The first school built at George's Creek was a one room school. Fire destroyed this building in 1924. It was located in the southern part of the George's Creek Cemetery at the present time.
My father, Charley Burleson, was attending school at George's Creek while J.W. Black was the teacher. One of the rules was that only one person could go to the outhouse at a time. A small boy held up his hand for permission to be excused. Mr. Black told him he would have to wait until the person out came back. Finally the boy who had been out for such a long time returned, so Mr. Black told the next little boy it was his turn. The little boy shyly replied it was too late, he had already gone.
In the early years of the George's Creek school some of the children lived across Crooked Creek and used a boat to cross in. Then in about 1920 a swinging bridge was built just a little below the mouth of George's Creek for them to cross on. There were two large, water oak trees, one on each side of the creek. The two cables were fastened to the trees above flood stage. Back from each tree a dead man was buried to fasten the ends of the cable to hold them tight. Steps were built up to the cables to the swinging bridge.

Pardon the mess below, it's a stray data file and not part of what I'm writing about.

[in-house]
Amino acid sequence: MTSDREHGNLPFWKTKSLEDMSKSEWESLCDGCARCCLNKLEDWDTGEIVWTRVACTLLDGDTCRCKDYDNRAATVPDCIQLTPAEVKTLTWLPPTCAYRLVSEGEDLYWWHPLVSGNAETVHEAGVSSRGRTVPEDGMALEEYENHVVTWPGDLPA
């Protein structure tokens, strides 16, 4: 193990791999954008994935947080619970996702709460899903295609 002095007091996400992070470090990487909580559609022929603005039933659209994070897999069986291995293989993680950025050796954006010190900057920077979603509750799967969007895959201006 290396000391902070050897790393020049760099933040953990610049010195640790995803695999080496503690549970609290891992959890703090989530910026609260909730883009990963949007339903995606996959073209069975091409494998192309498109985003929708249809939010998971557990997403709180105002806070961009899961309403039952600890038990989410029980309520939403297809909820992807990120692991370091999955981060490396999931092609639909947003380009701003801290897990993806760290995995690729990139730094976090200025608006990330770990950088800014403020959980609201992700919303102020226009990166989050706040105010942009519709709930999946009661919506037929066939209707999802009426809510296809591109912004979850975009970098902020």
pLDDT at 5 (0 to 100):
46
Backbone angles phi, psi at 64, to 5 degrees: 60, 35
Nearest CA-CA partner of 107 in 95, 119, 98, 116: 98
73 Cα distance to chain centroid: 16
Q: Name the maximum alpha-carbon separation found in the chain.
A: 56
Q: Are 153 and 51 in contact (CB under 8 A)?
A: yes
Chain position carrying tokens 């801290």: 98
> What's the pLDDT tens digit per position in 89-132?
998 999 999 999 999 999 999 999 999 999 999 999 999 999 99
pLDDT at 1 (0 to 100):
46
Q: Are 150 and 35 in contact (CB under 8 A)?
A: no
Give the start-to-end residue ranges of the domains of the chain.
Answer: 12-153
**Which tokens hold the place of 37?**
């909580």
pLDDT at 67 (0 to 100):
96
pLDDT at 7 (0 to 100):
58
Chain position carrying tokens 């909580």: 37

Following are names of some of the teachers who taught at George's Creek School. They are not listed in order of the years they taught: Jasper Burleson, W.J. Black, Leonard Phillips, Jewell Black, Dink Berry, Johnny James, Louise Perry, Jobbie Pangle, Worth Briggs, Elza Burleson, Lonnie Briggs, Emma Cunningham, Essie (Pierce) Narrarnore, Earnest Black, Hal Burns, Fred Williams, Willie Perry, Ethel Dobbs, Elfie (Pierce) Briggs, Guy Bryant, Rual Keeter, Hattie Brown, Euna Pangle, Gene Keeter, Edith Pierce, Wanda Narrarnore, Dorothy Wade, Garland James, Opel Hudspeth, Leslie CLem, Thurman Wood, Norma Wood, Nellie (Wood) Keeter, and Charlie Pierce.
Reprinted with permission from Treasured Memories of a Beautiful Place in the North Arkansas Ozark Hills by Floyd Burleson, copyright 1989.